Pope Francis issued a scathing rebuke of Catholics who prioritize some church laws and doctrines ― including those condemning abortion ― over fighting for the poor and the oppressed.
In an apostolic exhortation released Monday, Francis lamented that some Catholics think of protecting many marginalized groups as a secondary or superficial issue. The pontiff said that while efforts to restrict abortion are crucial, it’s just as important for members of his flock to fight for the rights of the “already born.”
“Our defense of the innocent unborn, for example, needs to be clear, firm and passionate,” Francis wrote in his exhortation. “Equally sacred, however, are the lives of the poor, those already born, the destitute, the abandoned and the underprivileged, the vulnerable infirm and elderly exposed to covert euthanasia, the victims of human trafficking, new forms of slavery, and every form of rejection.”
“We cannot uphold an ideal of holiness that would ignore injustice in a world where some revel, spend with abandon and live only for the latest consumer goods, even as others look on from afar, living their entire lives in abject poverty,” the pope wrote.
He added that he’s often heard Catholics talk about the plight of migrants as a “lesser issue,” compared to certain “bioethical” concerns. In what looked like an admonishment of anti-refugee sentiment among Christians in Europe and the U.S., Francis condemned the idea that defending migrants should be a secondary concern.
“That a politician looking for votes might say such a thing is understandable, but not a Christian, for whom the only proper attitude is to stand in the shoes of those brothers and sisters of ours who risk their lives to offer a future to their children,” he wrote.
“Can we not realize that this is exactly what Jesus demands of us, when he tells us that in welcoming the stranger we welcome him?” he asked, pointing to Matthew 25:35.
An apostolic exhortation is one way the pope can formally counsel the Roman Catholic Church around the world. The document released Monday, titled “Gaudete et Exsultate” (Rejoice and Be Glad), is the third such exhortation of Francis’ papacy. It was signed March 19, The Associated Press reports.
The pope’s focus this time was calling on Catholics to live holy lives and be the “saints next door” ― ordinary, humble people who reflect God’s presence by living out the Beatitudes, key Christian teachings about mercy and spirituality. These “saints next door” may not be canonized and officially recognized, but they raise their children with love and work hard to support their families. They are patient, kind and charitable, using small gestures to share God’s love with others. Holiness isn’t necessarily about perfection, Francis explained, but about “living our lives with love and ... bearing witness in everything we do, wherever we find ourselves.”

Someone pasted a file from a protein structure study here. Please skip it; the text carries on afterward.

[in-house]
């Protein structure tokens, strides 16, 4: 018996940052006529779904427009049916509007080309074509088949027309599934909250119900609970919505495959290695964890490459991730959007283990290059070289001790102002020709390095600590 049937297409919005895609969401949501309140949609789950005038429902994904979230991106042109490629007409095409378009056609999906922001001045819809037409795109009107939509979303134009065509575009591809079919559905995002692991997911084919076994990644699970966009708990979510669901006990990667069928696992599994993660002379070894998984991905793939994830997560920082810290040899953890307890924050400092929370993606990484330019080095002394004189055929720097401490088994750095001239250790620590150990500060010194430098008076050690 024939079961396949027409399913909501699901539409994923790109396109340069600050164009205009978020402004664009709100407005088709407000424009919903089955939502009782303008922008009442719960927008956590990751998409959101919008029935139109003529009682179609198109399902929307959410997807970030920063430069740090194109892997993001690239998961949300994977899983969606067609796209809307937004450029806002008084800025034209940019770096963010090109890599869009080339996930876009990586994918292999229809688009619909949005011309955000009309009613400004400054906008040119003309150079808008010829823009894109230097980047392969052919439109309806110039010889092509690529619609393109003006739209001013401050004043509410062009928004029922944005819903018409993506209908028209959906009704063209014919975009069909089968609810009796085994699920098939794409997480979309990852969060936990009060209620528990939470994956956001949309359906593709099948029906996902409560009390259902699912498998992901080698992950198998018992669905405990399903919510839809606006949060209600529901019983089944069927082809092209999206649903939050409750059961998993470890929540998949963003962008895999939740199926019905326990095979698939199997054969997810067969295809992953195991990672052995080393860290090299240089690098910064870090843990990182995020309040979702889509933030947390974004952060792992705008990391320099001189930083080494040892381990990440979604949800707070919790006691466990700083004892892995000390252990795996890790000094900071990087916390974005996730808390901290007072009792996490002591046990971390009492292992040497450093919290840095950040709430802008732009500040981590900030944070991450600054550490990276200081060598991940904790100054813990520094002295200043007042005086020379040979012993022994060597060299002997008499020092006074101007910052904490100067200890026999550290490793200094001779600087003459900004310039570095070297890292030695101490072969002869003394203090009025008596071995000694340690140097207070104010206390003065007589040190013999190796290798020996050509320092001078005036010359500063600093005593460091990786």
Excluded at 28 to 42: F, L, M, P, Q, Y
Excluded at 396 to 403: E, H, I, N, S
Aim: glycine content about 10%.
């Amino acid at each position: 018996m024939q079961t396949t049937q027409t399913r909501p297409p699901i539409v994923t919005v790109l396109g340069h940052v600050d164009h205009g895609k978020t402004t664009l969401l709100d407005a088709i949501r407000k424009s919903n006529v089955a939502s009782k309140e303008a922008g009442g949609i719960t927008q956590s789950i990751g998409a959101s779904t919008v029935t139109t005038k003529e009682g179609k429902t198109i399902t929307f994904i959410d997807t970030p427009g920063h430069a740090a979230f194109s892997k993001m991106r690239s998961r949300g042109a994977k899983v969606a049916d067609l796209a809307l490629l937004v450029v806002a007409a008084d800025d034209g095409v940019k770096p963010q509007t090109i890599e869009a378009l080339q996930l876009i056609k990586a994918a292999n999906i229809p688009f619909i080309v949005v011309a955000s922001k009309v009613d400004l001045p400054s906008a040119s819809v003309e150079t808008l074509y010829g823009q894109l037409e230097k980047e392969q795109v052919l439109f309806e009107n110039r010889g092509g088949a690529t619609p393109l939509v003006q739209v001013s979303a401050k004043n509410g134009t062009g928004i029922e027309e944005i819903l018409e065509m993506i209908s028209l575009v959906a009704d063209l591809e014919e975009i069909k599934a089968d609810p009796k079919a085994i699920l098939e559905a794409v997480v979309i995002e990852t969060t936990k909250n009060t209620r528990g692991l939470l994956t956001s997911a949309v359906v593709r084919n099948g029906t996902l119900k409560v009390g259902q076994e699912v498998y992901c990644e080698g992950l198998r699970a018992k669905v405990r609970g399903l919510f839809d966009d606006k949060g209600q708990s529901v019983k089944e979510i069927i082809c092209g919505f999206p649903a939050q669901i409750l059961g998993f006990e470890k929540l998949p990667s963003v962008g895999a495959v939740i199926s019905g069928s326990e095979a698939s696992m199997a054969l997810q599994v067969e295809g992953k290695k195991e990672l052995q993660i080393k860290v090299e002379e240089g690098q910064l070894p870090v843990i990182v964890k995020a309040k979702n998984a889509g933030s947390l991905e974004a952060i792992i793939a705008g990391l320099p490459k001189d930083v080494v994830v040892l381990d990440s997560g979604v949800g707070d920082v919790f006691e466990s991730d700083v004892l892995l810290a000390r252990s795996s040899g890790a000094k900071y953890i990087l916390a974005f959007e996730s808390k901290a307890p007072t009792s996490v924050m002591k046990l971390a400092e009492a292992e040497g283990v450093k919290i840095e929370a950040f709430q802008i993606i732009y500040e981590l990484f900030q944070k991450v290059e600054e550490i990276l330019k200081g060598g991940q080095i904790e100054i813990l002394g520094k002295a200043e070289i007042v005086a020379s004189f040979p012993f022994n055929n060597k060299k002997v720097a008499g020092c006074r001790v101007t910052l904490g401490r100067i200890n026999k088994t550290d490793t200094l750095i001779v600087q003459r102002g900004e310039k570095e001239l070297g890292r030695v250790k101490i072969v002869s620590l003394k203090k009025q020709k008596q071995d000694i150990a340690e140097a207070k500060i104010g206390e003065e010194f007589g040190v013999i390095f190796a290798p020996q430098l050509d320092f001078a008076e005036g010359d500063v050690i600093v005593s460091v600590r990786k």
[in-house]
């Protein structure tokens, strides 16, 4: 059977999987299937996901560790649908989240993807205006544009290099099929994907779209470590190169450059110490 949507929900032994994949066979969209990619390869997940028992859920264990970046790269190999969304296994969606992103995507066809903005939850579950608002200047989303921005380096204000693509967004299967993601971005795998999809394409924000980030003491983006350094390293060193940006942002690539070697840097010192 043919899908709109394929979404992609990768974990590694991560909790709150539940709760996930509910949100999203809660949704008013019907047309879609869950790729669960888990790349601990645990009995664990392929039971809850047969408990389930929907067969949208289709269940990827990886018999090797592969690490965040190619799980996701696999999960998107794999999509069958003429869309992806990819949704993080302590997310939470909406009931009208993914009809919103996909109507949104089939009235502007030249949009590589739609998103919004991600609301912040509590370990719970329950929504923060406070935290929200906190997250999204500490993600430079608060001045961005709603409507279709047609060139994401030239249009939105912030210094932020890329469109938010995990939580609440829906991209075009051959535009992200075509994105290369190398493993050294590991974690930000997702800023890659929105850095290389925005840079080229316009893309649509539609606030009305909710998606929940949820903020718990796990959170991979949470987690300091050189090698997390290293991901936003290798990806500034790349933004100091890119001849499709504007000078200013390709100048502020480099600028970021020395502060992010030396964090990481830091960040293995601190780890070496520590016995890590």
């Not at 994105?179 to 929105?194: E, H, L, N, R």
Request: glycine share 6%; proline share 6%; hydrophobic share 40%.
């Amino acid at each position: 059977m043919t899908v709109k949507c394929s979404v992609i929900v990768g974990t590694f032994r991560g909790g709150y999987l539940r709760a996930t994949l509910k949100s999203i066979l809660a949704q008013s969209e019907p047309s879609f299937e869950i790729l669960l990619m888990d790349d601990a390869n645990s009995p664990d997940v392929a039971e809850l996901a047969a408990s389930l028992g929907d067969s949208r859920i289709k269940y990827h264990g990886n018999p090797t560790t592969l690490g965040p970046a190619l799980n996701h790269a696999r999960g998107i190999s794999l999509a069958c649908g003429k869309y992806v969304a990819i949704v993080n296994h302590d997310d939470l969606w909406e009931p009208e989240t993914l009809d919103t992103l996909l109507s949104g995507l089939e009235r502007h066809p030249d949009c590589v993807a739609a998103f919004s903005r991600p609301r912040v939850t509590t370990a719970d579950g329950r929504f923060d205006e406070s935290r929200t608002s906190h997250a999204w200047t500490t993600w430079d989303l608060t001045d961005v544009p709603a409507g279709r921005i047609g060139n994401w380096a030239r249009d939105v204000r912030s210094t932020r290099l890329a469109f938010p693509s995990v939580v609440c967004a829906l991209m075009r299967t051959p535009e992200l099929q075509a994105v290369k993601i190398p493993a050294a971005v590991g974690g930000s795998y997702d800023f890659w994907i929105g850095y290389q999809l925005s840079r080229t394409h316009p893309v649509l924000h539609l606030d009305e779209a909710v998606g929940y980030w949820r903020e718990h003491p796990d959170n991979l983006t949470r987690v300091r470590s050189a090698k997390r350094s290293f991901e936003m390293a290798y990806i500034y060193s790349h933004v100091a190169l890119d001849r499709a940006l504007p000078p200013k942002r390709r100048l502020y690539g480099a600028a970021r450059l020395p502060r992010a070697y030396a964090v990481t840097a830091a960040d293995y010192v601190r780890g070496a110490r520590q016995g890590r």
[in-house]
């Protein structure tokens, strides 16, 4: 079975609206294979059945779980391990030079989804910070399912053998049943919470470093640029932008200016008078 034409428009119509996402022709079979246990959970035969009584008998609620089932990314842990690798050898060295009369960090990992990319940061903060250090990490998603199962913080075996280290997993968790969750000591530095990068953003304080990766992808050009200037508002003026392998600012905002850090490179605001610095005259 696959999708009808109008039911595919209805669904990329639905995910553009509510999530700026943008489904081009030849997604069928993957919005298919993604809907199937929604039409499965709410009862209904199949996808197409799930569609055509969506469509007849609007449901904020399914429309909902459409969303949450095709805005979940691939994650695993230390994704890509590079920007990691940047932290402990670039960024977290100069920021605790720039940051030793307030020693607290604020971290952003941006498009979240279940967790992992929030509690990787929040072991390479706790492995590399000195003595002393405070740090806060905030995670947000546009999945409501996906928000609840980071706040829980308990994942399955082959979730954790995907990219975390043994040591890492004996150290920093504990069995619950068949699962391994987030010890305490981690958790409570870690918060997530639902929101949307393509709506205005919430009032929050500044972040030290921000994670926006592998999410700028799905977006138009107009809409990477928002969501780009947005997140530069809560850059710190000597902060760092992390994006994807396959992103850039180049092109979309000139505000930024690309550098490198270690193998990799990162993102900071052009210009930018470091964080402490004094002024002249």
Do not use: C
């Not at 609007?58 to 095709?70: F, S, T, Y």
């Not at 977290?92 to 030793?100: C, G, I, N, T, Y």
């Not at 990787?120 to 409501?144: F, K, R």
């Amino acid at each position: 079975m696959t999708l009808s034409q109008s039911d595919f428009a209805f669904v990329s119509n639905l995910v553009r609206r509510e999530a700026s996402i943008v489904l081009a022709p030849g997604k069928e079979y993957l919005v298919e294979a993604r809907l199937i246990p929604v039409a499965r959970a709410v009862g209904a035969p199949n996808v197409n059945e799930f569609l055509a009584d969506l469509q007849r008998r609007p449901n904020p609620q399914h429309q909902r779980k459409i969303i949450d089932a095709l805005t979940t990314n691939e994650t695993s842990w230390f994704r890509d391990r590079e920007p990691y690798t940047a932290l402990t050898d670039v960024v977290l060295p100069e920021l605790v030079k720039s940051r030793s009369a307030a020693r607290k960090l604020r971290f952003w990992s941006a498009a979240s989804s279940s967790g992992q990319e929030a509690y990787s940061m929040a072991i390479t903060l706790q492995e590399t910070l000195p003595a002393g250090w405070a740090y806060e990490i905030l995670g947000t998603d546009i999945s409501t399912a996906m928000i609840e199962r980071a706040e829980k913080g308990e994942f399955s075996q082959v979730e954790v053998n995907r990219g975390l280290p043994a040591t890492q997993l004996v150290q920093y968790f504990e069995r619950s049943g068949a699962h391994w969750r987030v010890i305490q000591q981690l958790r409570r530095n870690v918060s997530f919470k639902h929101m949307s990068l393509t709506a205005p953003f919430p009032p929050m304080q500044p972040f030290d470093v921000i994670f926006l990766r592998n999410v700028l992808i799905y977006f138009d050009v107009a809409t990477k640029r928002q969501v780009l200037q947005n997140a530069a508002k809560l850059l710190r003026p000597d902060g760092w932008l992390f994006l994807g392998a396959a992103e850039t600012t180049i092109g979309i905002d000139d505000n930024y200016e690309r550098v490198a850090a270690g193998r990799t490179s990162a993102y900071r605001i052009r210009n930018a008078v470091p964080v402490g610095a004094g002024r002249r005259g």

The enemies of this everyday holiness are those who “worship” their own abilities and feel superior to others because they observe certain rules, Francis wrote. The fruits of that misguided attitude are, among other things, “an obsession with the law, an absorption with social and political advantages, [and] a punctilious concern for the Church’s liturgy, doctrine and prestige.”
Francis criticized those who focus only on doctrine without also demonstrating mercy and compassion.
“Not infrequently, contrary to the promptings of the Spirit, the life of the Church can become a museum piece or the possession of a select few. This can occur when some groups of Christians give excessive importance to certain rules, customs or ways of acting,” Francis wrote. “The Gospel then tends to be reduced and constricted, deprived of its simplicity, allure and savor.”
Francis is still facing backlash over his second exhortation, the 2016 “Amoris Laetitia” (The Joy of Love), which appeared to suggest that divorced and civilly remarried Catholics could potentially receive Communion. That would be a break from long-standing Catholic tradition. Conservative cardinals and bishops have been pressing Francis to clarify his stance on the matter.
Just last Saturday, several hundred Catholics gathered for a summit in Rome to discuss who may receive Communion. The participants rejected the idea of allowing divorced and civilly remarried individuals to do so and urged “the pope and the bishops to confirm us in the faith.” One of Francis’ fiercest American critics, Cardinal Raymond Burke, said during the summit that the pope should be corrected if he steps outside the traditional teachings of the church.
Francis hasn’t responded directly to those critics with a clarification of “Amoris Laetitia.” But in his latest exhortation, he said that within the Catholic Church, “there legitimately coexist different ways of interpreting many aspects of doctrine and Christian life.”
These different interpretations may trouble those who long for a “monolithic body of doctrine guarded by all,” but Francis wrote they “help to express more clearly the immense riches of God’s word.”